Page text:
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Downs v. Winchester Medical Center

United States District Court, W.D. Virginia, Harrisonburg Division

May 12, 2014

CHRISTY B. DOWNS, Plaintiffs,
v.
WINCHESTER MEDICAL CENTER, et al., Defendants

Decided May 9, 2014.

For Christy B. Downs, Plaintiff: Annette Kay Rubin, LEAD ATTORNEY, Law Office of Annette Kay Rubin, Leesburg, VA.

For Valley Health System, Valley Regional Enterprises, Inc., Defendants: Andrew Baugher, Cathleen P. Welsh, LEAD ATTORNEYS, Lenhart Pettit, Harrisonburg, VA.

OPINION

Page 616

MEMORANDUM OPINION

Hon. Michael F. Urbanski, United States District Judge.

This matter is before the court on defendants Valley Health System's and Valley Regional Enterprises, Inc.'s (collectively " Valley Health" )[1] motion to dismiss, in part, plaintiff's second amended complaint. Dkt. No. 33. In the second amended complaint, plaintiff Christy B. Downs (" Downs" ) alleges that Valley Health, her former employer, violated the Family Medical and Leave Act, 29 U.S.C. § § 2601 et seq., (" FMLA" ), through both interference (Count I) and retaliation (Count II) as well as the Americans with Disabilities Act, 42 U.S.C. § § 12101 et seq., (" ADA" ) (Count III). In its motion, Valley Health seeks dismissal of Count I and of the request for punitive damages in Count III. For the reasons stated herein, the court will GRANT in part and DENY in part defendants' motion.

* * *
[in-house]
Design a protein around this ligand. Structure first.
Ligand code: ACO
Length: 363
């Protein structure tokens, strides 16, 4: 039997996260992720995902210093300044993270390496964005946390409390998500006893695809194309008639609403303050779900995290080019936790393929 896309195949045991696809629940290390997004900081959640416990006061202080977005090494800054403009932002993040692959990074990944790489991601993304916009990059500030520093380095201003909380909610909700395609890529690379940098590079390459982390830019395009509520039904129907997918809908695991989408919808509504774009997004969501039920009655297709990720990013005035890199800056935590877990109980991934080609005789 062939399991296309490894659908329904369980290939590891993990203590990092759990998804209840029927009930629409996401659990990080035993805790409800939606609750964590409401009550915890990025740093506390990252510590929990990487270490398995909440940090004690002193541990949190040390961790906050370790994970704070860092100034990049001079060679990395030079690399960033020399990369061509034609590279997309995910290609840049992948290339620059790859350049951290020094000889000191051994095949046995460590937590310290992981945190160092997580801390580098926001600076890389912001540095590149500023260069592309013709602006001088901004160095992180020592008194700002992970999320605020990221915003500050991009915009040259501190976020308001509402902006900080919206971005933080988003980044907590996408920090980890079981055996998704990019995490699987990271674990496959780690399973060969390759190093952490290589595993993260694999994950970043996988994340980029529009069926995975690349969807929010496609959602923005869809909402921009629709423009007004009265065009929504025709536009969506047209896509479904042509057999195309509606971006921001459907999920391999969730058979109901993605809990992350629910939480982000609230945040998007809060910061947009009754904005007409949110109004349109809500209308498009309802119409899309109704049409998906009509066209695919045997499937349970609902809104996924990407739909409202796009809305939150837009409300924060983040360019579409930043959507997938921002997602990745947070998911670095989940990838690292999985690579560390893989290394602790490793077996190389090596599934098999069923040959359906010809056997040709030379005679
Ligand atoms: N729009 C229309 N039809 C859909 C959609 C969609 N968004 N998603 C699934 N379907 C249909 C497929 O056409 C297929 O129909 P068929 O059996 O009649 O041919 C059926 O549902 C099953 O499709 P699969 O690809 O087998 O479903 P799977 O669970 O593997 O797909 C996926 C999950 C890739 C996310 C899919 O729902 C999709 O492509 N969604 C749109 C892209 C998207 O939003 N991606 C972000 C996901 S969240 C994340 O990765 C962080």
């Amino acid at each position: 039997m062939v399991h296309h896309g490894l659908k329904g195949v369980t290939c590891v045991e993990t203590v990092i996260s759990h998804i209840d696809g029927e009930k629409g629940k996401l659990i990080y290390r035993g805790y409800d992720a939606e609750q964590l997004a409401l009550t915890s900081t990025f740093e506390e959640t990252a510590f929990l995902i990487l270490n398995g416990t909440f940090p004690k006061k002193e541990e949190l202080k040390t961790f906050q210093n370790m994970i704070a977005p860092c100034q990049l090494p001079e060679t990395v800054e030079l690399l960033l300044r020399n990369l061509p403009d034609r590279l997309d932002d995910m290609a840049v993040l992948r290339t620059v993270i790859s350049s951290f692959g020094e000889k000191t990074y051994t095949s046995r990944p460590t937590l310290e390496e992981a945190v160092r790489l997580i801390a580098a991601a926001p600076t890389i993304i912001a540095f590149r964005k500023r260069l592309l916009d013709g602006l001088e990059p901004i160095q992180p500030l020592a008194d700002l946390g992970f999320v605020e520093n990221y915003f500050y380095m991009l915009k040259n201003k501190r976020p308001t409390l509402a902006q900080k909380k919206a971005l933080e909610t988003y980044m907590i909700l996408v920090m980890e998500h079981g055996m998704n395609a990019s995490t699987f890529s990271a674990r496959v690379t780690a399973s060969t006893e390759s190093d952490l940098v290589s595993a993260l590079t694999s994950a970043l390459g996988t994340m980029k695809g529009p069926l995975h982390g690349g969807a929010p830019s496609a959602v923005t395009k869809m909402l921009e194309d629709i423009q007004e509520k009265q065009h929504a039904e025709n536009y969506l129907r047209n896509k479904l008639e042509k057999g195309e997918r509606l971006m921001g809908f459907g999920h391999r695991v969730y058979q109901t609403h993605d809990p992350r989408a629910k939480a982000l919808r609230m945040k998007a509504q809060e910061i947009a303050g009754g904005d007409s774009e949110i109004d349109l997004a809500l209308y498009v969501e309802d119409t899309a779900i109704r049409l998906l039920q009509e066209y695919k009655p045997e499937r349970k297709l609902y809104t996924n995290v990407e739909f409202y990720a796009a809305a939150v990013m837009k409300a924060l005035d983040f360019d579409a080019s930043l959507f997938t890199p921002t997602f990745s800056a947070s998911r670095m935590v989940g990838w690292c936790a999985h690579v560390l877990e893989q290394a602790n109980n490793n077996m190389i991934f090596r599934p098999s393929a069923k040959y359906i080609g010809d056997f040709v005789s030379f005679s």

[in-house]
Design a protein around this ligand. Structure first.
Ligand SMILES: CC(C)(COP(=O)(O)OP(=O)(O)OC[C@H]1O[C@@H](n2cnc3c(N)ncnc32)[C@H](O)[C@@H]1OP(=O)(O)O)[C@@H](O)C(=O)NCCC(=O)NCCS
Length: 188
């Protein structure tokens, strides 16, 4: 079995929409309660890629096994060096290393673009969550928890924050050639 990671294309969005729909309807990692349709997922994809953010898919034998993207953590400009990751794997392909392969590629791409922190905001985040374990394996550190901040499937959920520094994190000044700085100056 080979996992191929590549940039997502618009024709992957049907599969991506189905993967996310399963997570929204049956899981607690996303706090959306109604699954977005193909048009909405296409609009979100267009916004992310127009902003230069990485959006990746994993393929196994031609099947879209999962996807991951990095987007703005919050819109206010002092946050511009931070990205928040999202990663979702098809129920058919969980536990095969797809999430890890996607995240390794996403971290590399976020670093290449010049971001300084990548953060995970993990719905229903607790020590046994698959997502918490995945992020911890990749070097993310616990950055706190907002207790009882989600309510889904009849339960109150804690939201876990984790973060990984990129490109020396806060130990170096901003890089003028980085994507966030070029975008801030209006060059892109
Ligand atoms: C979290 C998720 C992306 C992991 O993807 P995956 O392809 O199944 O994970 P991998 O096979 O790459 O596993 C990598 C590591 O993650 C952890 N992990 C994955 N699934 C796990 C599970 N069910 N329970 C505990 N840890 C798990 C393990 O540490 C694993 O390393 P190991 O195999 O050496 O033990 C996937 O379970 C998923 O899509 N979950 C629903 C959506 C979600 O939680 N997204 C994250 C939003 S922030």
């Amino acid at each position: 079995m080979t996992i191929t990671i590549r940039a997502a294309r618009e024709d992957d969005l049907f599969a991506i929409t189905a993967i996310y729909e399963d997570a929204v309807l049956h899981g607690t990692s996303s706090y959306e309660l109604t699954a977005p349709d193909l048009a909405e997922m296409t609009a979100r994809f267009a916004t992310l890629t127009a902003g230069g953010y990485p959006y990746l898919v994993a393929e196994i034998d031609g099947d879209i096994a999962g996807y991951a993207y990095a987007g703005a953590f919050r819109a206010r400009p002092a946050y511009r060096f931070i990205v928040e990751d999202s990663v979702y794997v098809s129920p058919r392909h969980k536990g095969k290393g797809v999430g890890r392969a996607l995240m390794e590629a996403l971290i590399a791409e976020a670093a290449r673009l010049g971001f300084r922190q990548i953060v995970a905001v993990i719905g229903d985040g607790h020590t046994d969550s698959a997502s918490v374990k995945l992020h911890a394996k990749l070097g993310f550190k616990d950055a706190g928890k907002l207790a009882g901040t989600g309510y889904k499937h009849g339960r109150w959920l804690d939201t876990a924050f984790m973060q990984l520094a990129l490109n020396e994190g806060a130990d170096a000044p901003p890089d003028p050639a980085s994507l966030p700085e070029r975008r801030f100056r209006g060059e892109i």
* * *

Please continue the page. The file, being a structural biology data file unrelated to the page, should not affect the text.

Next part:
I.

Federal Rule of Civil Procedure 12(b)(6) permits a party to move for dismissal based upon a " failure to state a claim upon which relief can be granted." Fed.R.Civ.P. 12(b)(6). To survive a Rule 12(b)(6) motion, a complaint must " contain sufficient factual matter, accepted as true, to 'state a claim to relief that is plausible on its face.'" Ashcroft v. Iqbal, 556 U.S. 662, 678, 129 S.Ct. 1937, 173 L.Ed.2d 868 (2009) (quoting Bell A. Corp. v. Twombly, 550 U.S. 544, 570, 127 S.Ct. 1955, 167 L.Ed.2d 929 (2007)). Here, Valley Health concedes that Downs' allegations of harassment, negative reviews, discipline and, ultimately, termination for her use of FMLA leave establishes a prima facie case of FMLA retaliation. As such, they do not seek dismissal of Count II. But Valley Health asserts that Downs has not alleged that she was actually denied any benefit under the FMLA and has therefore failed to state a claim for FMLA interference. The court agrees.